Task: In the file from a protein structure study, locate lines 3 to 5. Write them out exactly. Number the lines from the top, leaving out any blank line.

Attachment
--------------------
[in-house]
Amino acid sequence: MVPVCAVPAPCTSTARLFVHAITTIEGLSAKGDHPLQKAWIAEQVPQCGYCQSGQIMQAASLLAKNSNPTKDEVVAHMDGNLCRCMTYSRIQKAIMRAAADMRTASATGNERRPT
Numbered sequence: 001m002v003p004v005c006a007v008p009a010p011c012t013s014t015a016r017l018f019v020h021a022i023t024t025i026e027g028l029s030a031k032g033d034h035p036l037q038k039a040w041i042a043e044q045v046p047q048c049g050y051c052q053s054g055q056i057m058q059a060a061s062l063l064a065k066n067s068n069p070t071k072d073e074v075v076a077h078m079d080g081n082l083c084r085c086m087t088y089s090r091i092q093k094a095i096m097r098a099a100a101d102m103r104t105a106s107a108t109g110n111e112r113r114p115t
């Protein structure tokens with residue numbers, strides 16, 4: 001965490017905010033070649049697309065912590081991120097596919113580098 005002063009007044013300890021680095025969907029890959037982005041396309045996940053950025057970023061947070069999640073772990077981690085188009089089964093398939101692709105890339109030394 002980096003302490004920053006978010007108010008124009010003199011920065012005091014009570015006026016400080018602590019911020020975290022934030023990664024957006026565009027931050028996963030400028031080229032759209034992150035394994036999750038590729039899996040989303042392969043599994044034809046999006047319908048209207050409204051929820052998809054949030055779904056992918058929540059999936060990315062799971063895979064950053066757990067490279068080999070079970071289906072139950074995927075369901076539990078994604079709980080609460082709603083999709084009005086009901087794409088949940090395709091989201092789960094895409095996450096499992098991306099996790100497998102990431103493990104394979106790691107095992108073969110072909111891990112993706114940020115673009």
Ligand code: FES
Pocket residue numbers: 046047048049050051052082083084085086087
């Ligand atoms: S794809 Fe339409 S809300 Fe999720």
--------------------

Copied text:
Numbered sequence: 001m002v003p004v005c006a007v008p009a010p011c012t013s014t015a016r017l018f019v020h021a022i023t024t025i026e027g028l029s030a031k032g033d034h035p036l037q038k039a040w041i042a043e044q045v046p047q048c049g050y051c052q053s054g055q056i057m058q059a060a061s062l063l064a065k066n067s068n069p070t071k072d073e074v075v076a077h078m079d080g081n082l083c084r085c086m087t088y089s090r091i092q093k094a095i096m097r098a099a100a101d102m103r104t105a106s107a108t109g110n111e112r113r114p115t
């Protein structure tokens with residue numbers, strides 16, 4: 001965490017905010033070649049697309065912590081991120097596919113580098 005002063009007044013300890021680095025969907029890959037982005041396309045996940053950025057970023061947070069999640073772990077981690085188009089089964093398939101692709105890339109030394 002980096003302490004920053006978010007108010008124009010003199011920065012005091014009570015006026016400080018602590019911020020975290022934030023990664024957006026565009027931050028996963030400028031080229032759209034992150035394994036999750038590729039899996040989303042392969043599994044034809046999006047319908048209207050409204051929820052998809054949030055779904056992918058929540059999936060990315062799971063895979064950053066757990067490279068080999070079970071289906072139950074995927075369901076539990078994604079709980080609460082709603083999709084009005086009901087794409088949940090395709091989201092789960094895409095996450096499992098991306099996790100497998102990431103493990104394979106790691107095992108073969110072909111891990112993706114940020115673009």
Ligand code: FES